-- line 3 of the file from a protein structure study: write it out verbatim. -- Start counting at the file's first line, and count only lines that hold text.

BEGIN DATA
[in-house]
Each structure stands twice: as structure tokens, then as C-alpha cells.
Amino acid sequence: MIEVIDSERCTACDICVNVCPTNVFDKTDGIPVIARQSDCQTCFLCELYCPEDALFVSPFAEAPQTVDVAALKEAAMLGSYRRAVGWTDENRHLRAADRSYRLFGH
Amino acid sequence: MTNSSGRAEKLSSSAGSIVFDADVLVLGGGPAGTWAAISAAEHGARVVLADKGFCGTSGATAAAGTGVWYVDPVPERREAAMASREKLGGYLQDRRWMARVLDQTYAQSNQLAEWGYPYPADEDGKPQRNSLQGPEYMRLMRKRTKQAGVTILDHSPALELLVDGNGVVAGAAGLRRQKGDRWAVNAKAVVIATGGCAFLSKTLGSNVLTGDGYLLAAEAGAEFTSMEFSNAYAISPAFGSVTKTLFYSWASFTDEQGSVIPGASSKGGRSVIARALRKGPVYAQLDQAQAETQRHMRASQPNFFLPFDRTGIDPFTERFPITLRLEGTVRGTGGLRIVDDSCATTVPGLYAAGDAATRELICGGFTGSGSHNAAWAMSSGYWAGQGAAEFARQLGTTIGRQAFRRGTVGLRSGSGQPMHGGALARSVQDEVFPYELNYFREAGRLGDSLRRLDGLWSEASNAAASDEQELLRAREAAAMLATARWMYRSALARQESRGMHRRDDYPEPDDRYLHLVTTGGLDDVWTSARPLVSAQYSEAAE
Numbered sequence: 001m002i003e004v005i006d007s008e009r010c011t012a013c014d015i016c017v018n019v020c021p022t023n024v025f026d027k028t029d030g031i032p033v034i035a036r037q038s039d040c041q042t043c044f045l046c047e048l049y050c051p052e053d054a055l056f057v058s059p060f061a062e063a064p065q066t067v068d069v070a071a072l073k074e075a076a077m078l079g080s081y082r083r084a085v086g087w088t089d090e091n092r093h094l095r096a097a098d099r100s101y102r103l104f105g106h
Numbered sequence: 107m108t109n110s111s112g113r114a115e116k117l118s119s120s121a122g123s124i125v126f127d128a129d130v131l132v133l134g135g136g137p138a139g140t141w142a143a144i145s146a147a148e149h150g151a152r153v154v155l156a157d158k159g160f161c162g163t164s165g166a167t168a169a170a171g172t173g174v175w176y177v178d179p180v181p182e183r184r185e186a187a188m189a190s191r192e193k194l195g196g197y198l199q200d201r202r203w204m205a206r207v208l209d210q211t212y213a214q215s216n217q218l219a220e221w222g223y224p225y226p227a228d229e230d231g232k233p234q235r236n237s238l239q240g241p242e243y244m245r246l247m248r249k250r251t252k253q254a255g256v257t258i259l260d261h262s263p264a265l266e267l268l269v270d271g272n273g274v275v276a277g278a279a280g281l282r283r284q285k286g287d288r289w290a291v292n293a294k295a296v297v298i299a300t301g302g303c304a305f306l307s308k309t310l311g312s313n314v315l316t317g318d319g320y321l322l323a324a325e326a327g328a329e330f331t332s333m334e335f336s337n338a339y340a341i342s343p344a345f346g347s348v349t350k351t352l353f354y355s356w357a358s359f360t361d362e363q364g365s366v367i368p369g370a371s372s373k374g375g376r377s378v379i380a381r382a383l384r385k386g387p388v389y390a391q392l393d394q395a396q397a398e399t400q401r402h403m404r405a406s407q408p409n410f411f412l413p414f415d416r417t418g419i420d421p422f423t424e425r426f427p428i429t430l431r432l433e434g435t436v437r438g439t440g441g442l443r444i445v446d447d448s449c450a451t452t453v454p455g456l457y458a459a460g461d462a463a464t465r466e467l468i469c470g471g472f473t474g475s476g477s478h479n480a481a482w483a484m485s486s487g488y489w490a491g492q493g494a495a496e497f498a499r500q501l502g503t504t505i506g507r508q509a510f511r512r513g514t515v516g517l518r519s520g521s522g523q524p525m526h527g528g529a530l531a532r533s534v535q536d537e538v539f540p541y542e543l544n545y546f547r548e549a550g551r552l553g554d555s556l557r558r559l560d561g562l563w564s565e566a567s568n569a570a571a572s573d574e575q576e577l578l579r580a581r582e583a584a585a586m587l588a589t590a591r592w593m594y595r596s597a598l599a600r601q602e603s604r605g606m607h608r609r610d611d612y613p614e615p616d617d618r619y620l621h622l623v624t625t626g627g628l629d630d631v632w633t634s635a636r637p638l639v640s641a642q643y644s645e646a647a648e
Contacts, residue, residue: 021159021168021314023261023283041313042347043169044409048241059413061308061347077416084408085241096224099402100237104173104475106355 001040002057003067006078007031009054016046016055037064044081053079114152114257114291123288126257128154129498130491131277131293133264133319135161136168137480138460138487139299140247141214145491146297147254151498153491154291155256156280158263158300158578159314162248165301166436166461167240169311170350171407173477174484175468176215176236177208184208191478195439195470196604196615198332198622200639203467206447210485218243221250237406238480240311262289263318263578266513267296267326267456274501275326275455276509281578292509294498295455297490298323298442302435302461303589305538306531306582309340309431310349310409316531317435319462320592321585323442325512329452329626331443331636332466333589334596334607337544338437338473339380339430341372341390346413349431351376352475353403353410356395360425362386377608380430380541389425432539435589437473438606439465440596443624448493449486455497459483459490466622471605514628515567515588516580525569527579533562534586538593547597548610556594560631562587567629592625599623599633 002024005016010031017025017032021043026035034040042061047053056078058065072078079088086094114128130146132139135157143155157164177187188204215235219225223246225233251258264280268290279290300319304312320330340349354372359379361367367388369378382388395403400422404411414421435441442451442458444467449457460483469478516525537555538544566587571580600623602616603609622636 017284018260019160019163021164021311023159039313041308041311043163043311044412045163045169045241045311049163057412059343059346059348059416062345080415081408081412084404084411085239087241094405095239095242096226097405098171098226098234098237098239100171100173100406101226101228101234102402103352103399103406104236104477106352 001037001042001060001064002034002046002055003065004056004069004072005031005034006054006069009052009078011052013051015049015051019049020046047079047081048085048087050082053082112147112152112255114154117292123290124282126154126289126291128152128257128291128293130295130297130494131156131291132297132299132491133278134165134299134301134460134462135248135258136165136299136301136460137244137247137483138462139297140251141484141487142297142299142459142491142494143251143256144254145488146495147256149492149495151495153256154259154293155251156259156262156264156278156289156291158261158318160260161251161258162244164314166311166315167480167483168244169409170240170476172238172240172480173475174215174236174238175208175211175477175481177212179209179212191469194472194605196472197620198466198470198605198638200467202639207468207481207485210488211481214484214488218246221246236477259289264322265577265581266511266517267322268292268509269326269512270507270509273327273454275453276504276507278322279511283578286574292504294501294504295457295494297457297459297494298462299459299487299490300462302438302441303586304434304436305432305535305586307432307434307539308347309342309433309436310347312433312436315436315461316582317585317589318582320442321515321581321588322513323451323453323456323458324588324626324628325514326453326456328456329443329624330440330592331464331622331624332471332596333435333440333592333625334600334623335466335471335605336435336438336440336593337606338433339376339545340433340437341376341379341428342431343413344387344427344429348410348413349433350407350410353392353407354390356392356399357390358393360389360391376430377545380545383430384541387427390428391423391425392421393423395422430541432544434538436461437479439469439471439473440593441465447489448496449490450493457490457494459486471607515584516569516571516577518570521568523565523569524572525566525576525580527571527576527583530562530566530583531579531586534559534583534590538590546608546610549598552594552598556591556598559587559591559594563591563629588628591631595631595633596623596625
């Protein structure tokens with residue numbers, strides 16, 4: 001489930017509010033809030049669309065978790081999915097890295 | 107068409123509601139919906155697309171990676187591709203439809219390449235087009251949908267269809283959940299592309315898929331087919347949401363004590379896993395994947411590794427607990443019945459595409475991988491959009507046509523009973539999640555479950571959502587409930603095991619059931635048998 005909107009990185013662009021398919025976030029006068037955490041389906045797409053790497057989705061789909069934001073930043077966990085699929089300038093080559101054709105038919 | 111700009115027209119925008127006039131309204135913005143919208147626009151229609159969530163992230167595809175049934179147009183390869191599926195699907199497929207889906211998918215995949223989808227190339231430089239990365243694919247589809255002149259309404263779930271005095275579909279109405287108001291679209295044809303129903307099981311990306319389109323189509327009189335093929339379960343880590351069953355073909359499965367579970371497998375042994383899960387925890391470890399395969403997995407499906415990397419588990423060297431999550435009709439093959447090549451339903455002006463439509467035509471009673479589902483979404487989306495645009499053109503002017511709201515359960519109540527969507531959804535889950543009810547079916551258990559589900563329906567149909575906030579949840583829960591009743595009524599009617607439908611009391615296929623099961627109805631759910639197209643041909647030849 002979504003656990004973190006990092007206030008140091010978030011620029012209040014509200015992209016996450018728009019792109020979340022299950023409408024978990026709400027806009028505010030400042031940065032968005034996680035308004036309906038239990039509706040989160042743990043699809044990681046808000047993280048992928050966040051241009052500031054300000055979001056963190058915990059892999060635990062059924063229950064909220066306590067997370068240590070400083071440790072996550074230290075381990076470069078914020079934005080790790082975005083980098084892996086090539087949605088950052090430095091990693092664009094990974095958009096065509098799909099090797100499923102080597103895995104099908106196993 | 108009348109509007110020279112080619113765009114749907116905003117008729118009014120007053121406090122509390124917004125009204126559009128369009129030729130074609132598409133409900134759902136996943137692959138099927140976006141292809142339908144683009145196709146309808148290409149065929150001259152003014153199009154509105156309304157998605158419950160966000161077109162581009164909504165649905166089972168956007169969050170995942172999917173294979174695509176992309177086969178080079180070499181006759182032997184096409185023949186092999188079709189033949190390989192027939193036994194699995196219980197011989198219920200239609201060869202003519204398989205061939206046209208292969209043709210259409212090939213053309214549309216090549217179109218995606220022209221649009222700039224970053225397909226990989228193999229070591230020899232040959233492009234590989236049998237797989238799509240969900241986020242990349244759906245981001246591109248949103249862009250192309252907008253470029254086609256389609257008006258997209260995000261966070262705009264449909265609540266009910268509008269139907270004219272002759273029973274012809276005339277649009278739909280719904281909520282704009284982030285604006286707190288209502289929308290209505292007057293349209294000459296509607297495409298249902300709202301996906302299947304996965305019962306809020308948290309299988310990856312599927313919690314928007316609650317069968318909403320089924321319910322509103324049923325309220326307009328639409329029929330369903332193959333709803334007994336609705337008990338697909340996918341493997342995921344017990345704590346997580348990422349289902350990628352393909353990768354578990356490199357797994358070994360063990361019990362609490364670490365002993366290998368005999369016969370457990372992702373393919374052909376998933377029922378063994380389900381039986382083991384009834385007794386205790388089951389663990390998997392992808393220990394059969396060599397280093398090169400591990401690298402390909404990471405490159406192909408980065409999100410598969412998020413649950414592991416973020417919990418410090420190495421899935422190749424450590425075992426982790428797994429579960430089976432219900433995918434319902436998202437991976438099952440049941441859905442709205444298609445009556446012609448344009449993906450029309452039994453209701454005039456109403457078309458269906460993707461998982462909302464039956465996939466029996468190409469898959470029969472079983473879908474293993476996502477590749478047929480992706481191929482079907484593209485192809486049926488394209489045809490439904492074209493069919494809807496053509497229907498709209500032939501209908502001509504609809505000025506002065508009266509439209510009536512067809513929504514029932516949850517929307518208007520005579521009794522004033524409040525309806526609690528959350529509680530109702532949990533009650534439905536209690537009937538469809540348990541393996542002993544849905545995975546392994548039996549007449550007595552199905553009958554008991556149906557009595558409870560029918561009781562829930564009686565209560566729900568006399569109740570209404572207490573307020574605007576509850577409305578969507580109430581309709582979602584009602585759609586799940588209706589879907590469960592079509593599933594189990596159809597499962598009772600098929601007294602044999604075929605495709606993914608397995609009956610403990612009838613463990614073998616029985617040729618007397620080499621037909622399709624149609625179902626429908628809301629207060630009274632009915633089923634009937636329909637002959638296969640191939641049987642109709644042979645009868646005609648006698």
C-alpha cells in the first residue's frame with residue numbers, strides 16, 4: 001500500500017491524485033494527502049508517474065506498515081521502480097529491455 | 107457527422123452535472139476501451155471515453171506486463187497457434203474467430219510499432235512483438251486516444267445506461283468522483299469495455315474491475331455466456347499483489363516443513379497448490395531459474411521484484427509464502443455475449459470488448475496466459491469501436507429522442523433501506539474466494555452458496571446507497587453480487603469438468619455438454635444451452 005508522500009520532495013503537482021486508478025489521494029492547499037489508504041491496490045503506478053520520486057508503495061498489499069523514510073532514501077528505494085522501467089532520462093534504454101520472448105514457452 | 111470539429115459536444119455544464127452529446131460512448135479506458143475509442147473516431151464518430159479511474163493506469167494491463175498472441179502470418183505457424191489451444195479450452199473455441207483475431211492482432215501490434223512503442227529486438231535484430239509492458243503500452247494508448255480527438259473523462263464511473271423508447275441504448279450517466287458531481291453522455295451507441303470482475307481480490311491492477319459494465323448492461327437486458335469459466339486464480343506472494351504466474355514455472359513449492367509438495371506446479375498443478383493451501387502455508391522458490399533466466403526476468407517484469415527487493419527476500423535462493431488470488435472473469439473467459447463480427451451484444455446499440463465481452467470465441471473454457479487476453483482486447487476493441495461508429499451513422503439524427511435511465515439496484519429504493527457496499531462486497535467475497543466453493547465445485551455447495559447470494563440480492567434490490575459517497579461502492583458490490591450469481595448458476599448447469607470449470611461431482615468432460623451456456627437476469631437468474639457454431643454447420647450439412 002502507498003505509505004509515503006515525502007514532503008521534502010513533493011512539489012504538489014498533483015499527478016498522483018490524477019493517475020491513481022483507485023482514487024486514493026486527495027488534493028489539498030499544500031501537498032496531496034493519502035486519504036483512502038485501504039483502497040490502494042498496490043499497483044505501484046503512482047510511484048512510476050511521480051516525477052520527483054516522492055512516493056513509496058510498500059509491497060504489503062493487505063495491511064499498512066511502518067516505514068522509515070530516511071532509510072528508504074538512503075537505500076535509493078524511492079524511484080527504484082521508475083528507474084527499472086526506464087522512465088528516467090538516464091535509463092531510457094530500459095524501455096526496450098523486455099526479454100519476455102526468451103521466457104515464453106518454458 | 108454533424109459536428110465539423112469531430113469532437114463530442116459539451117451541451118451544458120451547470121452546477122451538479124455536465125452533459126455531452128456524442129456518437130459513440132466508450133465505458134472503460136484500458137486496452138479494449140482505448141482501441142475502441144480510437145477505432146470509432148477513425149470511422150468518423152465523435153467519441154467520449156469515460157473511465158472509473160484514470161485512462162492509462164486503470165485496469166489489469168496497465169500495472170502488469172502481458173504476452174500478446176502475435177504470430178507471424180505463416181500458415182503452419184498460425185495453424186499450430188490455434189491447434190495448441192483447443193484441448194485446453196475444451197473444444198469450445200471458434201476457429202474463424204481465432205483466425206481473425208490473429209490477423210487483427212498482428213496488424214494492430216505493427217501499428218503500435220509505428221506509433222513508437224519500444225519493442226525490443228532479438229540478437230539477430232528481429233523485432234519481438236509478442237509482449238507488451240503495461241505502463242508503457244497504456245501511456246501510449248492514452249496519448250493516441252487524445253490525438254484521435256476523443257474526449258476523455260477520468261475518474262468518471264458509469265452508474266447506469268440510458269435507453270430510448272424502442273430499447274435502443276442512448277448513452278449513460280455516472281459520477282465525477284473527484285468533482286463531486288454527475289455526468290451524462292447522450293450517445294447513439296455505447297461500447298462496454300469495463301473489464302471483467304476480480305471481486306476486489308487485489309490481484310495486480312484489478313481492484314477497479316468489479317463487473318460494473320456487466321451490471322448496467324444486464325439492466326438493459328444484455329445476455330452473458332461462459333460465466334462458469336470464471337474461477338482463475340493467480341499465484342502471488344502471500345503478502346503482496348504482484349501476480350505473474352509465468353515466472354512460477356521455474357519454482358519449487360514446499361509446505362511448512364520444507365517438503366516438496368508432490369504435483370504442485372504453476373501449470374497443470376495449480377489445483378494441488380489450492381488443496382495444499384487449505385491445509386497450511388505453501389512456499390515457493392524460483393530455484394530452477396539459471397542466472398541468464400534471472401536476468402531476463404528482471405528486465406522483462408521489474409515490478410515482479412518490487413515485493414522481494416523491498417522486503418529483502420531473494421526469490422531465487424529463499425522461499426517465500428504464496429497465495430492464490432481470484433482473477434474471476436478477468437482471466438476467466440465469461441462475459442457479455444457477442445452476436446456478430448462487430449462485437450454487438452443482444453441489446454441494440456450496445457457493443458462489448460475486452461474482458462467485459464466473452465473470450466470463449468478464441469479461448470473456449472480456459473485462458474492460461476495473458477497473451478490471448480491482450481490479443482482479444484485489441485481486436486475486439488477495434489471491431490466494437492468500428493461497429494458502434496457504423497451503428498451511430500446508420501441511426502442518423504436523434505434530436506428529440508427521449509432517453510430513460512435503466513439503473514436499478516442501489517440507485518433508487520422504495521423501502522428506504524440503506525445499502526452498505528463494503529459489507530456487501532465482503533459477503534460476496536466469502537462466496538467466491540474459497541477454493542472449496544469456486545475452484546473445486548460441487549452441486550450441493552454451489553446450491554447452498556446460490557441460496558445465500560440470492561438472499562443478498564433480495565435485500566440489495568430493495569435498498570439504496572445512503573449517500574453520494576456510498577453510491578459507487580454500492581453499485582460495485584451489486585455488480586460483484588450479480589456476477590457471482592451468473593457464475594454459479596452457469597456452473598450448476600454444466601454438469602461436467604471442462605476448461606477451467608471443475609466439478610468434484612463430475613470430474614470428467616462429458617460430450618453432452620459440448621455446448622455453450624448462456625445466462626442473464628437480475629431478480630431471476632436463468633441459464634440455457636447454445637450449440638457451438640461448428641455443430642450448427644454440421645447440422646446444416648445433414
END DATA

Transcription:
Amino acid sequence: MIEVIDSERCTACDICVNVCPTNVFDKTDGIPVIARQSDCQTCFLCELYCPEDALFVSPFAEAPQTVDVAALKEAAMLGSYRRAVGWTDENRHLRAADRSYRLFGH